Nike’s latest high-end running shoe, the Zoom Vaporfly 4%, lives up to its name, according to a new study from researchers at the University of Colorado.
Researchers at CU’s Locomotion Lab in Boulder found that the shoe reduced the energetic cost of running by an average of 4 percent during treadmill tests.
Four percent in energy savings might not sound like a big deal. But for elite runners, who are trying to shave mere fractions of a percent off of their running times in pursuit of the two-hour marathon barrier, it could be a breakthrough, the researchers said.
“If you look at how the world record in marathon evolved over the last years, over 30 years we got 3 percent faster,” said Wouter Hoogkamer, a postdoctoral researcher who led the study at the Locomotion Lab. “And all of a sudden you have a shoe that gives you 4 percent energy savings.”
“People are going to holler at us for saying that,” said Rodger Kram, a professor of integrative physiology who was also an author on the study. Many factors can affect a runner’s performance: wind, nutrition, turns on the course, hills.
“These shoes reduce the energy you need to run at a certain speed,” he said. “But if you wear these shoes and don’t drink any water for 26 miles, it’s not going to be the shoes that explain why you didn’t run in under two hours.”
The current world record for marathon stands at 2 hours, 2 minutes and 57 seconds. But during Nike’s Breaking 2 project, in which some of the world’s fastest marathoners worked with coaches and a “science team” from Nike to try to break the two-hour barrier, Kenyan runner Eliud Kipchoge ran a faster marathon, though not for the world record. In May, drafting off a team of runners switching in to help him and other runners for the attempt on a Formula One track in Italy, Kipchoge crossed the line at 2 hours and 25 seconds. He was wearing the 4%s for the attempt.–More recently, Shalane Flanagan won the New York City Marathon wearing the 4%s.—
The retail price of the shoe is $250.
The shoes themselves aren’t a radical departure from what running companies have created over the years: they have a carbon fiber plate (Kram noted that other brands have used plates in the past, and that spiked track shoes often have a plate) and a cushy foam midsole. “It’s a combination of existing technologies put together in an ambitious way,” Hoogkamer said.
The foam in the midsole of the 4% is lighter, thicker and returns more energy than other shoes, Kram said. “It’s like if you run on a sandy beach — it’s soft, but it doesn’t give you any of that energy back. And the foam that’s used in this shoe is the foam that returns the most energy, I think ever, in shoes.”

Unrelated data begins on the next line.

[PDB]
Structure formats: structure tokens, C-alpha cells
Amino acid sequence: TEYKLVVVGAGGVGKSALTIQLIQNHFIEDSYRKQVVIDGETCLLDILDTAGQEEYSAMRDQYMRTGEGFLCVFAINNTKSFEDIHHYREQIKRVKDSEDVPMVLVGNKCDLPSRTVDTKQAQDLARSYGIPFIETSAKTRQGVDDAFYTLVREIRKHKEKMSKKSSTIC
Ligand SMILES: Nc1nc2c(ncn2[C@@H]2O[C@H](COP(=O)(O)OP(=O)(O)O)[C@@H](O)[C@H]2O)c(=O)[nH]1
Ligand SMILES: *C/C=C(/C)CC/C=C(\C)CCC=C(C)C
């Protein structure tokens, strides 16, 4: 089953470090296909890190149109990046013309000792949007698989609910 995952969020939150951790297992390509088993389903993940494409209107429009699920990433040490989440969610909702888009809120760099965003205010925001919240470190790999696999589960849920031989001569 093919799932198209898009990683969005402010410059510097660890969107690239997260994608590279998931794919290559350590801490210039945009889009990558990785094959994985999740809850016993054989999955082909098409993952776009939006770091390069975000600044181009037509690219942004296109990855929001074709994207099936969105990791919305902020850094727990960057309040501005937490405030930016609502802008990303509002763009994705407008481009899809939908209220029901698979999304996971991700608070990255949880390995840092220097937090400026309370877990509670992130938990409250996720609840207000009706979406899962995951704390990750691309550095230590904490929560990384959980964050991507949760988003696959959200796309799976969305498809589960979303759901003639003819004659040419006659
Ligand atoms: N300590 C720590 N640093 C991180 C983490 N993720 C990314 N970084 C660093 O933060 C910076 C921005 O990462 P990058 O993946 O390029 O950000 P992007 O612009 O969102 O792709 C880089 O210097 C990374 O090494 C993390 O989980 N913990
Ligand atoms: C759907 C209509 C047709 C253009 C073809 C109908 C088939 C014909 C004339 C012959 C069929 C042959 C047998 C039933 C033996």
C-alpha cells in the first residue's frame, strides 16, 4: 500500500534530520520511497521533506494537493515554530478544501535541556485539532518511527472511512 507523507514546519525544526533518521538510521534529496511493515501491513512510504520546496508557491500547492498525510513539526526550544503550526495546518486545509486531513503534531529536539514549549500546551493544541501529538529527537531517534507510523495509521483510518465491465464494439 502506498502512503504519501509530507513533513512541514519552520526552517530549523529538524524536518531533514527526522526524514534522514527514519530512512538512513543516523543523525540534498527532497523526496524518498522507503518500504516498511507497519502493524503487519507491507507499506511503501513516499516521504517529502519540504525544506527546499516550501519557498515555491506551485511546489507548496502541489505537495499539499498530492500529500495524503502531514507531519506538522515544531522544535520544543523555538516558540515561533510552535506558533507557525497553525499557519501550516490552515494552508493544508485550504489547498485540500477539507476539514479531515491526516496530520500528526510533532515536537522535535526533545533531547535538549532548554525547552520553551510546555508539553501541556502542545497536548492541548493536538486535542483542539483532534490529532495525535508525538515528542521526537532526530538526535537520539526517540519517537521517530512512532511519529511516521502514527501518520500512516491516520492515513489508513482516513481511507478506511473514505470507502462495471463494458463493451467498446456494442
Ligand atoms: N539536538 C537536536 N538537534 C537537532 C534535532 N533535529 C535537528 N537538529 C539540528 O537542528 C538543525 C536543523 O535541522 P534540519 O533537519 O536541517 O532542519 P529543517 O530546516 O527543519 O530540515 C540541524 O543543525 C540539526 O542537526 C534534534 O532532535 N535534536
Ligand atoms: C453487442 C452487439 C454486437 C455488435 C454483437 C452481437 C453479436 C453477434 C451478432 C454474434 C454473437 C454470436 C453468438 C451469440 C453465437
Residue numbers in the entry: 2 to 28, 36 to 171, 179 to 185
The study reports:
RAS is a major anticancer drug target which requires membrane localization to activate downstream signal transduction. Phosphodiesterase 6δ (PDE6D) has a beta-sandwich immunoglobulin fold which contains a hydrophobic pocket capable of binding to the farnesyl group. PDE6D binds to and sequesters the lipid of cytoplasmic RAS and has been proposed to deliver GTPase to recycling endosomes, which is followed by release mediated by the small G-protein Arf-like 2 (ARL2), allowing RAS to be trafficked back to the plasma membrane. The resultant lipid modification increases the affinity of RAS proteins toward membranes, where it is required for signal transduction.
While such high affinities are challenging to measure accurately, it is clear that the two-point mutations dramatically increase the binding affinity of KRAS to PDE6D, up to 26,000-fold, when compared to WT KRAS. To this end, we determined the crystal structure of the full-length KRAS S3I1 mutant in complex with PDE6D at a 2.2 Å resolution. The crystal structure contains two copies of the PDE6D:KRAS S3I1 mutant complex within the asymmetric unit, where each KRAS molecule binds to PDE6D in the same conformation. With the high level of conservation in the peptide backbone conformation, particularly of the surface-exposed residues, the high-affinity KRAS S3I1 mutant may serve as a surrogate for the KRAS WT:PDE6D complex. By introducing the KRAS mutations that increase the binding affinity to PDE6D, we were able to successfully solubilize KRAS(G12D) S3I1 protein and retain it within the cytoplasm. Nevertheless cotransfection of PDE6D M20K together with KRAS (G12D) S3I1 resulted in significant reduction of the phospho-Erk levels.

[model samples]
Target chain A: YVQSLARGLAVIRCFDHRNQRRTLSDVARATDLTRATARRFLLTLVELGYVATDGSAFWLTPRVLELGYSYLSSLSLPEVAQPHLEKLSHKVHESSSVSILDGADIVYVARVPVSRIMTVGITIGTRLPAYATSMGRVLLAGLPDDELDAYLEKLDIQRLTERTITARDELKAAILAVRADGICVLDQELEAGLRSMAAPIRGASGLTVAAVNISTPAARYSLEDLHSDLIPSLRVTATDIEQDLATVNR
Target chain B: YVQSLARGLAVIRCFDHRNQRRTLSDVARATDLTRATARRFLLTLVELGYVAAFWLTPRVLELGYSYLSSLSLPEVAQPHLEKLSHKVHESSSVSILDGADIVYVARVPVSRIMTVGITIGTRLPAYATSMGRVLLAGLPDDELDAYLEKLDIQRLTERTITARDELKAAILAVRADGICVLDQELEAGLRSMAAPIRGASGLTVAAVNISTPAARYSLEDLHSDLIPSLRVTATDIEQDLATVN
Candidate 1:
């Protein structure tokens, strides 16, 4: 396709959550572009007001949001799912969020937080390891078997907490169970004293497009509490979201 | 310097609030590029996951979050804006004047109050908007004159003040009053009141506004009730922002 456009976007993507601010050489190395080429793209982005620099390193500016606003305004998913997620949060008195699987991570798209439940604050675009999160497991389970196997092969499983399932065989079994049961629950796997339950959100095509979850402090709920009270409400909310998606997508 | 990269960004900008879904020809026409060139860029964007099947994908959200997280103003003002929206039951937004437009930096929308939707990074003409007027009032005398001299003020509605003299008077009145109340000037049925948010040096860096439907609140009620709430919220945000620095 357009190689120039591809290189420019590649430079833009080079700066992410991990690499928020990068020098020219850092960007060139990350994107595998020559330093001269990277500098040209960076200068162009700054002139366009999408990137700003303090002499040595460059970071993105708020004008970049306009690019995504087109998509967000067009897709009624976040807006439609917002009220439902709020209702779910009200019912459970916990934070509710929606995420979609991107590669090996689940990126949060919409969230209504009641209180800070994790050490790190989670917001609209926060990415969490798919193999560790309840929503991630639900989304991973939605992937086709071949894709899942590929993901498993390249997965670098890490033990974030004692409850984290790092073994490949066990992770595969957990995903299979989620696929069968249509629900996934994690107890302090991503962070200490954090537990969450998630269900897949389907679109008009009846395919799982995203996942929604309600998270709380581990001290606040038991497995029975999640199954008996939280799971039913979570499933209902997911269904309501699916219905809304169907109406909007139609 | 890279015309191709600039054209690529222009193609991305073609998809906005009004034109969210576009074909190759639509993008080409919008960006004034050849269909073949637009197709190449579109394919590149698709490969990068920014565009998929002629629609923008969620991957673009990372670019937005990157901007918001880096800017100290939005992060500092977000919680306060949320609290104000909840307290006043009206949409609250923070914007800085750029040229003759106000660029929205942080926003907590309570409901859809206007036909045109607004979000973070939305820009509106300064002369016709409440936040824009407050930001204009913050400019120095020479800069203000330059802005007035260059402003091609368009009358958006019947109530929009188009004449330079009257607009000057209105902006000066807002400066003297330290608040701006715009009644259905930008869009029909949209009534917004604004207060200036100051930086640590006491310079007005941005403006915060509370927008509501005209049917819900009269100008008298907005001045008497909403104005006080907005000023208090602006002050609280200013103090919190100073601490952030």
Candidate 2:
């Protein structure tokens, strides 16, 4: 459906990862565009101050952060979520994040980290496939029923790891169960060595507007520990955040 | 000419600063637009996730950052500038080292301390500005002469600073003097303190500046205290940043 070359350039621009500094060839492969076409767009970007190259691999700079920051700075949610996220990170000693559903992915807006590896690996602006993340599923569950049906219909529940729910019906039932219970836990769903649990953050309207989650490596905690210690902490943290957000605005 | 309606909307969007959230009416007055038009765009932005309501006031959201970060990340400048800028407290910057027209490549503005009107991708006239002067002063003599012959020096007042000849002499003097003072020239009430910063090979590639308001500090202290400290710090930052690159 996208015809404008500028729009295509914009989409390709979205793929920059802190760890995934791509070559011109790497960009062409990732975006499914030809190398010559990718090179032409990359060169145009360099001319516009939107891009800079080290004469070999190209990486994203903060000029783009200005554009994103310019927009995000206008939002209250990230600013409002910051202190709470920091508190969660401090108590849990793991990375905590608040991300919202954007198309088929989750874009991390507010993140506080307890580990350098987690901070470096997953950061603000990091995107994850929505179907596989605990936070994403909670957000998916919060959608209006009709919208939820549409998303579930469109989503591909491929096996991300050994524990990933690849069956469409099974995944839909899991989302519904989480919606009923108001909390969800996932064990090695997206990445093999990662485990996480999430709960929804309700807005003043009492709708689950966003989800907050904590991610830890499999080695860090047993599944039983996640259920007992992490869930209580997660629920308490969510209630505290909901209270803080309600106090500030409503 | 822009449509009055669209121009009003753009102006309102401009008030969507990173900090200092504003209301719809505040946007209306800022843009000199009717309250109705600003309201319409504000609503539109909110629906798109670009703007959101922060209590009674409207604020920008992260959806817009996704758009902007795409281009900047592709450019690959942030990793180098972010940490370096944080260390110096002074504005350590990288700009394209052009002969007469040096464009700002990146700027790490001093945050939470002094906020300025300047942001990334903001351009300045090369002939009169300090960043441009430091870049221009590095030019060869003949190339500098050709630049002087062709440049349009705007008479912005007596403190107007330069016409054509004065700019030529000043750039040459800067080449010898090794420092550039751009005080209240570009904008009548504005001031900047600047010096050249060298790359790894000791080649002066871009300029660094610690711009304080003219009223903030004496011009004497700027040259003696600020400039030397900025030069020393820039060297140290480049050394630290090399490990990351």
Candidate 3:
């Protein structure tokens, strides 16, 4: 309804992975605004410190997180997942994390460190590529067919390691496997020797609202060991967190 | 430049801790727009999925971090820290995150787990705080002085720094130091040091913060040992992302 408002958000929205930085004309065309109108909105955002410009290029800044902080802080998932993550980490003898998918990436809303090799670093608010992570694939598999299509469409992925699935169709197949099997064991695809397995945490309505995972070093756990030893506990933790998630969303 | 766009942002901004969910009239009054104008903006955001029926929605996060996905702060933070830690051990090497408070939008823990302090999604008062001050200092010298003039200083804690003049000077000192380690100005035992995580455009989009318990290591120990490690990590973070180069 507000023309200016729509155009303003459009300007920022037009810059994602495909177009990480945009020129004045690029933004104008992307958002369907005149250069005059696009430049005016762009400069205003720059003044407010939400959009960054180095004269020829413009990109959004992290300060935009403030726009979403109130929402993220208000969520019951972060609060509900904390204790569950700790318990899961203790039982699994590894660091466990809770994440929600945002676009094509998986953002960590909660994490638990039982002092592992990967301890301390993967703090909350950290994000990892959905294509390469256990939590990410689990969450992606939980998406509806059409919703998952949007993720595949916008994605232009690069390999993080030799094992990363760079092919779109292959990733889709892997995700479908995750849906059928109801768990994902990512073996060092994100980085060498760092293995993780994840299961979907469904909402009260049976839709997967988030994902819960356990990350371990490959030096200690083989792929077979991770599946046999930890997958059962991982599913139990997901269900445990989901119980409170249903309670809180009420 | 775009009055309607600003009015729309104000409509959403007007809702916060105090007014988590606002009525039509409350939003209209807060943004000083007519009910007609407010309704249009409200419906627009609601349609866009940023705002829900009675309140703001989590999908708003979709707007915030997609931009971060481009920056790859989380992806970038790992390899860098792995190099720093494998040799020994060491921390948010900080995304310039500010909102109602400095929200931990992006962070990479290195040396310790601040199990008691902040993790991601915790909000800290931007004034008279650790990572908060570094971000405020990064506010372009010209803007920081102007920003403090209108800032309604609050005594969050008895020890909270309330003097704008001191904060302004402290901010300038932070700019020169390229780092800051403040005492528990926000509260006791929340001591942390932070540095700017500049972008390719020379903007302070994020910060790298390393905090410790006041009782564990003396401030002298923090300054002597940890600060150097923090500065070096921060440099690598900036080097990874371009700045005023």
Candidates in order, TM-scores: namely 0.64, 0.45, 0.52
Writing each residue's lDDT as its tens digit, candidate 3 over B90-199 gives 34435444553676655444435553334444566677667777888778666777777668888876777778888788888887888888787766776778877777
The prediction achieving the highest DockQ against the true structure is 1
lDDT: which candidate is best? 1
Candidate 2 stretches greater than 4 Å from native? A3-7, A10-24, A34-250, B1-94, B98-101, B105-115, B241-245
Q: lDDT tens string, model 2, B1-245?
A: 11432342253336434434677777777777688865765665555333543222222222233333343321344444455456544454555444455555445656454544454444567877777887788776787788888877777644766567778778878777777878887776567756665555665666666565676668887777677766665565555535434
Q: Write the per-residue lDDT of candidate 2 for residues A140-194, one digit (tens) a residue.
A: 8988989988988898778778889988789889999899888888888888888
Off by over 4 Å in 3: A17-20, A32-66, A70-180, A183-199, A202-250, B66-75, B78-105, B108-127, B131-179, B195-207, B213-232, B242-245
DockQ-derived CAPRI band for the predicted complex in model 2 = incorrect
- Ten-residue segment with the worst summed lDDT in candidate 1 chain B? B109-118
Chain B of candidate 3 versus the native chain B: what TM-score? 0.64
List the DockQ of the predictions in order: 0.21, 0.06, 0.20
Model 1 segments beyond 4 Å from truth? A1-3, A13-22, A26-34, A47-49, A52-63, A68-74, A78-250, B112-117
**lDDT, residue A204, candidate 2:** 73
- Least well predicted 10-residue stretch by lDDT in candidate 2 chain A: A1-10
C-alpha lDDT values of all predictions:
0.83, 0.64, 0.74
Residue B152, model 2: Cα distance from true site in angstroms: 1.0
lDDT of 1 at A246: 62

Hoogkamer and other researchers in the Locomotion Lab tested 18 male runners, all of whom wore a men’s shoe size 10. “All had recently run a sub-31 minute 10-km race at sea level, a sub-32 minute 10-km race at the local altitude, or an equivalent performance,” according to the study, which was published in the journal “Sports Medicine.”
Study participants ran in three different shoes for the test; the other two shoes were “baseline marathon racing shoes,” the Nike Zoom Streak 6 and the Adidas Adizero Adios Boost 2.
Researchers collected physiological data, measuring rates of oxygen consumption, carbon dioxide production and rate of metabolic energy consumption in the runners. The energy savings ranged from 2 to 6 percent but averaged 4 percent, and every runner saw savings. “What’s really notable to me is, we had 18 subjects, and every single one of the 18 saved energy,” Kram said. “That’s unusual.”
Nike funded the study, and Kram is on the company’s scientific advisory board. But the authors said this had no influence on the study’s results, and Nike paid to make the study available in its entirety online so other researchers can conduct their own tests and try to replicate the study. “We are really confident if people would replicate it, they would see the same thing that we saw,” Hoogkamer said.
They aren’t done studying the Zoom Vaporfly 4%. This study didn’t find a significant difference in biomechanics with this shoe, but Hoogkamer suspects it must be there. They’ve already started another study. “We’ve taken the next step of taking it to a more advanced biomechanical study where we look at the force,” he said.
“So far, we saw minor changes from before, and as we look closer and closer, we add up all those, and probably we can see why that energy difference works,” he said.